Hello one and all. Welcome to a new feature here on Foam Dart Goodness – blaster theory. In these posts we’ll be looking at a common thread between a number of blasters and analyising it to better understand it. Why would we want to do that? Because by understanding these basic principals, we can apply these theories to any other new blasters that come out in the future. Step-by-step walk throughs are all well and good when you’re new to the hobby, but to learn things yourself you will have to step out on your own and try things for yourself. Hopefully this series will give you the courage/information to have a go at something new.
With all of that said, today we’re going to be looking at Air Restrictors, or AR’s for short. Specifically we’ll be running through what they do, why they exist, how they work, and why we want to modify them. Sound good? Good, lets get to it!
Typically found in spring powered blasters, air restrictors, as their name suggests, restrict the flow of air. Rather than having an open passage for the air to freely flow through, the AR places a series of plastic restrictions in the way. Think of it like putting a turn-style in the exit of a stadium; everyone leaving has to slow down as they head through the turn style.
Why would a blaster manufacturer ever want to do this? Surely this just deceases the power of the blaster? Well, it does decrease power. With the air having to slow down as it heads through the chamber, it eventually hits the dart with less force than if it had an uninterrupted path. Many people seem to think that this is reason enough for manufacturers to install AR’s in the first place; to de-power the blaster so kids don’t hurt themselves with it. While that is a noble idea, to me it doesn’t quite add up. If that was their goal, surely it would be easier and cheaper just to use a weaker spring.
Instead, I would propose that blaster manufacturers install AR’s in their blasters to dramatically improve their longevity. Because the air has to slow down as it leaves the plunger tube, we end up with a small pocket of compressed air sitting immediately behind the AR. Which while still relatively hard, this pocket of air is significantly softer than the hard plastic at the end of the plunger tube. This then protects plunger tube, stopping the plunger head hitting the end of the tube with it’s full force. Yes the power decreases slightly, but if you’re an average 12yr old, the longevity is far more important to you than an increase in power, even if you didn’t know about it.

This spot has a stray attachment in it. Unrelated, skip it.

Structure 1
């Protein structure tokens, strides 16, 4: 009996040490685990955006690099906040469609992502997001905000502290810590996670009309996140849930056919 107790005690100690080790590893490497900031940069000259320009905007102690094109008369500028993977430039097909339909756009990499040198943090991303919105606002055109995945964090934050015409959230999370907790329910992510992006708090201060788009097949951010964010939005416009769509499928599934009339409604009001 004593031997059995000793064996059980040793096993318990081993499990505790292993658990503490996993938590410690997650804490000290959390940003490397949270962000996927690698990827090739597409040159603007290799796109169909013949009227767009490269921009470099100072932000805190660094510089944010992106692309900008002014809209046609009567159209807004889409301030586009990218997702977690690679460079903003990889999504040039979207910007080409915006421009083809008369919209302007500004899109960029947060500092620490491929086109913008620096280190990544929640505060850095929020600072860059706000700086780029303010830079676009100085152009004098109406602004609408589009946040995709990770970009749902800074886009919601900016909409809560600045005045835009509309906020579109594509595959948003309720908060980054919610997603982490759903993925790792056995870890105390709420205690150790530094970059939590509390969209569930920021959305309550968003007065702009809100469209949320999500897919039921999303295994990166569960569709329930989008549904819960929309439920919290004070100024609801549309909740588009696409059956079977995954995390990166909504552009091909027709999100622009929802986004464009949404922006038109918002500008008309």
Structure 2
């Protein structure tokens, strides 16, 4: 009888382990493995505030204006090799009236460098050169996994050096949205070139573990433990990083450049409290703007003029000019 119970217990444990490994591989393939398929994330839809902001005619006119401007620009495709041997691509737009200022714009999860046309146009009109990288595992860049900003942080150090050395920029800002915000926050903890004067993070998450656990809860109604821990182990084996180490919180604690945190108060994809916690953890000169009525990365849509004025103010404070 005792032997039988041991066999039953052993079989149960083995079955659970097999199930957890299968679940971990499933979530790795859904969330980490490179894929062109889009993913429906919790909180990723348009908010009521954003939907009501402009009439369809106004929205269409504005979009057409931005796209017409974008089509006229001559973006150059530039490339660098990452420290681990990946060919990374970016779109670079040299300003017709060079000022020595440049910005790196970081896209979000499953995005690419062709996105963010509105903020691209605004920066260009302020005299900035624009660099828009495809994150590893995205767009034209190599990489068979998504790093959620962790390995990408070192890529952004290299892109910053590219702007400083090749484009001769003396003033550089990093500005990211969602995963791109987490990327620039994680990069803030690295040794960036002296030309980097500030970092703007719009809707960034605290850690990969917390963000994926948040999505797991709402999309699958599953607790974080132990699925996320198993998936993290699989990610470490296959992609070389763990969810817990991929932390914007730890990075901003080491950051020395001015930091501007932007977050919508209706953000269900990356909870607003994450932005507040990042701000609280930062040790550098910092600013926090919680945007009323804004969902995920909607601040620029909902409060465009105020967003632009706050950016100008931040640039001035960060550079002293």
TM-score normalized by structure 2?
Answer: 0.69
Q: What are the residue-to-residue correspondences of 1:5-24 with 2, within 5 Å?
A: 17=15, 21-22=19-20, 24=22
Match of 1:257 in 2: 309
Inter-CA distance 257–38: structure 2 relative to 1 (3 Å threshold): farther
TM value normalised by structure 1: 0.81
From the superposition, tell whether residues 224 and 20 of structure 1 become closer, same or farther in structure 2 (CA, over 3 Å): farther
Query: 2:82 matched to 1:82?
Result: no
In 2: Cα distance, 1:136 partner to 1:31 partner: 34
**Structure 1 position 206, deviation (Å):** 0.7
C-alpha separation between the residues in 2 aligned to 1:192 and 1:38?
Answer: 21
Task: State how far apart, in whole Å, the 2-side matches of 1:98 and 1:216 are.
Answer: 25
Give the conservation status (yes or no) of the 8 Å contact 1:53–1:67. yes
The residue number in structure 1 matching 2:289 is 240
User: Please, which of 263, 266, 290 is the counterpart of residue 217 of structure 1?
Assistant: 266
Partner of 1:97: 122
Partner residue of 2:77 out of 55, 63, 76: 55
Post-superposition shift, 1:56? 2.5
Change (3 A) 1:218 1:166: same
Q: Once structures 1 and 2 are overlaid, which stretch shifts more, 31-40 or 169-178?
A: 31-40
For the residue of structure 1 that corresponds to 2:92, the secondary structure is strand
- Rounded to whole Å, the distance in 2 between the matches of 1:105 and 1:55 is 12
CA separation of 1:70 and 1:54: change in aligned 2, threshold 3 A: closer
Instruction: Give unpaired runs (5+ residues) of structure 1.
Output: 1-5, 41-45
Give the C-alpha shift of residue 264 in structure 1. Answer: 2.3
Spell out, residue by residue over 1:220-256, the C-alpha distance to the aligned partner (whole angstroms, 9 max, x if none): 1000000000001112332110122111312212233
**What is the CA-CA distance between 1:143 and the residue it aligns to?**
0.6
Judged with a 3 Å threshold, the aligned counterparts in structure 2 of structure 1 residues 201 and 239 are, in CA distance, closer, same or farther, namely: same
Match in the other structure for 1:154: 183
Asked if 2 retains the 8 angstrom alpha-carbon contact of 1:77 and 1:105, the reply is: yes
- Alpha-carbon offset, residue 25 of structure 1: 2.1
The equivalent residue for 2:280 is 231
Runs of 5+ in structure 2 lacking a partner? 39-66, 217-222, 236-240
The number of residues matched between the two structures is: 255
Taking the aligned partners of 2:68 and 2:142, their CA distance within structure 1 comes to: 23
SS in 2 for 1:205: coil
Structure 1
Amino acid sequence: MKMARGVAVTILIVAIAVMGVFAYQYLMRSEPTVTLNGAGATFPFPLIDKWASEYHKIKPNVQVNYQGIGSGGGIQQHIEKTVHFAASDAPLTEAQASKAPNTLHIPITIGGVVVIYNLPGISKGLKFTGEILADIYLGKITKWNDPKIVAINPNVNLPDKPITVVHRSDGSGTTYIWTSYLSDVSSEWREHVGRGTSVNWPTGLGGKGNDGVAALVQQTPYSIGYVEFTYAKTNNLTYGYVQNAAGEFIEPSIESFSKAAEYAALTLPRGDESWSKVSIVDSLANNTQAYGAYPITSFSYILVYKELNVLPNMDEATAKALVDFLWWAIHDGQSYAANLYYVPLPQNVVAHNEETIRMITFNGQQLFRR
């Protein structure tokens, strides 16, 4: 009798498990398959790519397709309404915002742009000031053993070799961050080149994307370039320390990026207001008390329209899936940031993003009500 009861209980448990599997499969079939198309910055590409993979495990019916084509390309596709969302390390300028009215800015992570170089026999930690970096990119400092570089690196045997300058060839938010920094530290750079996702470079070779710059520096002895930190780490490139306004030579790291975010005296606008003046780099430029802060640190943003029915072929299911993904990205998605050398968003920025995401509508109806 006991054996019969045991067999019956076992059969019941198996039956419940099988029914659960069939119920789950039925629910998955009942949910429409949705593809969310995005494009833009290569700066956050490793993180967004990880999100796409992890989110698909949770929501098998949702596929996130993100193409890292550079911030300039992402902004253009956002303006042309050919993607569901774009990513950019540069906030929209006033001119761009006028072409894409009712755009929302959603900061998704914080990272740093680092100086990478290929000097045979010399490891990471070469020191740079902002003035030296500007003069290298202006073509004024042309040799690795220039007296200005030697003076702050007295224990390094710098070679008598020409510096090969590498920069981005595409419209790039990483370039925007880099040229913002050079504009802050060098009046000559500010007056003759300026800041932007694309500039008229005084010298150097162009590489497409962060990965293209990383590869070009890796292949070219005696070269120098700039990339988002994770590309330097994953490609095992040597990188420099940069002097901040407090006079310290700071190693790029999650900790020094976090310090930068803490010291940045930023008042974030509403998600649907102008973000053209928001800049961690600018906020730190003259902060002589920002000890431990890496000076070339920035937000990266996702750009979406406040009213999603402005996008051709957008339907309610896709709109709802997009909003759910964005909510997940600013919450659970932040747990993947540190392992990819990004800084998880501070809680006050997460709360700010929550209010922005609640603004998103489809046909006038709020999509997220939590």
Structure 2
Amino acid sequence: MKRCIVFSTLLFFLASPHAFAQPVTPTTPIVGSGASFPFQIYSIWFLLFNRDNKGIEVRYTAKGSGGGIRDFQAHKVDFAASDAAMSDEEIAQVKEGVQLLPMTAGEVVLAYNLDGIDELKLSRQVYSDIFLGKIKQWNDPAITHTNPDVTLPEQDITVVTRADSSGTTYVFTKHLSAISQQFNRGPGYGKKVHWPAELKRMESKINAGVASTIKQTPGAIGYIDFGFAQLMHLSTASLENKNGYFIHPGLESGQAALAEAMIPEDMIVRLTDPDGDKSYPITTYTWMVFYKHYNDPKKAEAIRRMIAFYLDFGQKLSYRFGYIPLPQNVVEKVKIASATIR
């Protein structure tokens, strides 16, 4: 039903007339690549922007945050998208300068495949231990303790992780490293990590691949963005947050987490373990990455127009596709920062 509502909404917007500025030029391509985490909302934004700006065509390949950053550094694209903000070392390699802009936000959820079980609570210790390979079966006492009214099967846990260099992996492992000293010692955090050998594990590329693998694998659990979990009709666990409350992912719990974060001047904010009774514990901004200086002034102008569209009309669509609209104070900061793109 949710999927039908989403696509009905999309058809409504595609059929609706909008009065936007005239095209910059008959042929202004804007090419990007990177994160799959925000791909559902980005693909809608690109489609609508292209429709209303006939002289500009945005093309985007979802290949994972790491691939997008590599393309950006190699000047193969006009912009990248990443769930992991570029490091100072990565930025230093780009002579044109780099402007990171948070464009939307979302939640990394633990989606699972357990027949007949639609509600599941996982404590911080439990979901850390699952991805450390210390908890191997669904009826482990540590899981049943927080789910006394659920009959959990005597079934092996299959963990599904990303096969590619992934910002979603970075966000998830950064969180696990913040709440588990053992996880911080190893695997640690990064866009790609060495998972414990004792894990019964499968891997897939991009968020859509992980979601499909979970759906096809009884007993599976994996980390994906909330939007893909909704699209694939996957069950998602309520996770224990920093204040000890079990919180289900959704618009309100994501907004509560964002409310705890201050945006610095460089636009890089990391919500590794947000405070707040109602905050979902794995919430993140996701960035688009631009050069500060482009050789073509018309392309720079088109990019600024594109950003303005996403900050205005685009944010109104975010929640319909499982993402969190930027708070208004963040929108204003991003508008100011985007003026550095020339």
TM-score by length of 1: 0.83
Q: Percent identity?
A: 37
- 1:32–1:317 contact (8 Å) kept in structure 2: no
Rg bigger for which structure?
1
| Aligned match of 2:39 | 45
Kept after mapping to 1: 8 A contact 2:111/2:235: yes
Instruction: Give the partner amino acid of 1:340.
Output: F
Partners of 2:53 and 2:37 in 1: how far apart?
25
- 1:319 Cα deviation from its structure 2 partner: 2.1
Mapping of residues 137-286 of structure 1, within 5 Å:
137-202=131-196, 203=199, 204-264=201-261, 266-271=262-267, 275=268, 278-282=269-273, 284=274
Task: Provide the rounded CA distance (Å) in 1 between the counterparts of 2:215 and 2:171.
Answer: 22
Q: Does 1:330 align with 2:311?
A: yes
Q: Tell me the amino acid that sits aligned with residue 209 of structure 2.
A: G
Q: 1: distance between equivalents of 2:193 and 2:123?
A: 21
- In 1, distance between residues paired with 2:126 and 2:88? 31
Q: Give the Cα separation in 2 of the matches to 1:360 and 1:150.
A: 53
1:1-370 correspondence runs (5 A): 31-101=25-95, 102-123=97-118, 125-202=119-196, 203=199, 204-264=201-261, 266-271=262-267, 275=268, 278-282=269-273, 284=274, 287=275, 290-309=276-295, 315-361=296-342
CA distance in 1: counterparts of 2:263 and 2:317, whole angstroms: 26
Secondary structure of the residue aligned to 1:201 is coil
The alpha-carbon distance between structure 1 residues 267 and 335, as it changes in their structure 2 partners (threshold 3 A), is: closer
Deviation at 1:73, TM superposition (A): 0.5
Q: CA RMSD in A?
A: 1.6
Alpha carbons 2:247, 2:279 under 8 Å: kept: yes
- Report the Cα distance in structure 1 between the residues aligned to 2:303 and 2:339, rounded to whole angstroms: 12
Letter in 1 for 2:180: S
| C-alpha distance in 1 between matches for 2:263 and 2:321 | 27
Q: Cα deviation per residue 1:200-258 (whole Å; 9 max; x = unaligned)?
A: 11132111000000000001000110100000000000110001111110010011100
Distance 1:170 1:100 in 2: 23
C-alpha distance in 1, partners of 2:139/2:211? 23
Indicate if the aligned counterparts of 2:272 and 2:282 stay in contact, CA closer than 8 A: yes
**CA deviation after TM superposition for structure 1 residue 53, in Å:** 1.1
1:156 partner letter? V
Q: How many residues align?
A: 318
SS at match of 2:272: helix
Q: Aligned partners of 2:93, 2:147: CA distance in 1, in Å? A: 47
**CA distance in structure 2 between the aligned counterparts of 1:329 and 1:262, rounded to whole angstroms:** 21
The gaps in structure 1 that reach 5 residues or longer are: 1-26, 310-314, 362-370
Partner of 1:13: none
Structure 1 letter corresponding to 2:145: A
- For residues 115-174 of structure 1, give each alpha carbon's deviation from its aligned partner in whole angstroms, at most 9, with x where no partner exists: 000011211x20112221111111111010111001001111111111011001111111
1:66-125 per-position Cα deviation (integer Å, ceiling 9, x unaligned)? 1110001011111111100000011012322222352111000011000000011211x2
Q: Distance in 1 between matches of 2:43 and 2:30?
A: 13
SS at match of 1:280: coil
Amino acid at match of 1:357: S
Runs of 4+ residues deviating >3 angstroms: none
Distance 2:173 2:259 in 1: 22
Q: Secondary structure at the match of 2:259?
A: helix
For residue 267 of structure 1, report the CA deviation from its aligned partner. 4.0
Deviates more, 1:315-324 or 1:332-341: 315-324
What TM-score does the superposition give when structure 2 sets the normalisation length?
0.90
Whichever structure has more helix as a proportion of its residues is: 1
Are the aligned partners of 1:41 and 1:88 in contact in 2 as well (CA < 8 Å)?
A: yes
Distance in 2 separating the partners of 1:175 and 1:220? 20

So how do AR’s work? Well that varies from blaster to blaster but mostly they work via a sprung plug that fills an opening between the plunger tube and the breech/muzzle. Lets have a look at the AR from the Nerf Firestrike as an example.
The grey piece shown here is the plug. With no dart loaded, a spring behind it pushes the plug forward, sealing the air behind it inside the plunger tube.
When a dart is loaded however, the prongs on the plug push it back against the spring, creating an opening for the air to flow forward, expelling the dart.
Here’s what the insides of it look like.
Compared with open. See? Simple, right.
One of the most common modifications promoted throughout the blaster community is the basic AR removal. The technique required varies from modder to modder, and from blaster to blaster, but the same basic principle remains the same. Remove the restriction so we get the maximum possible air flow, and therefore the maximum possible power, through to the dart. As we mentioned above, removing this restriction will remove the possibility of the cushioning pocket of air forming within the plunger, which will decrease the life of your plaster. But we all know this; modifying decreases the life of your blaster – it hits harder, but will die faster.
A somewhat dodgy method, yet still quite effective, is shown below. Here the plug has been removed and the dart peg broken, so the air flow will be significantly improved, but all those dags will hamper flow and decrease power.
Instead, clean it up with a small round hand file. To get the most power, we generally want the biggest opening, with the last restriction, as we possibly can.
This is a Nerf Stampede AR.
Compared with a modified Stampede.
Stock Nerf NiteFinder.
The front of a stock Nerf Jolt.
A stock Nerf Jolt viewed from the plunger. Here we can see the AR (the plug) closed.
Compared with the same blaster where the AR is open.
Or with it removed all together.
A stock Nerf Retaliator.
Compared with a modded Nerf Retaliator.
A stock Nerf Vulcan.
Or a modded one.
Looking at these images, it should be quite obvious as to how an AR works. Combine that with what we spoke about above and we should now also understand why the manufacturer installs them in the first place and why we might want to remove them. This knowledge is not just relevant to one blaster, but instead practically any spring based blaster you might come across. Use it wisely!
Have fun kids.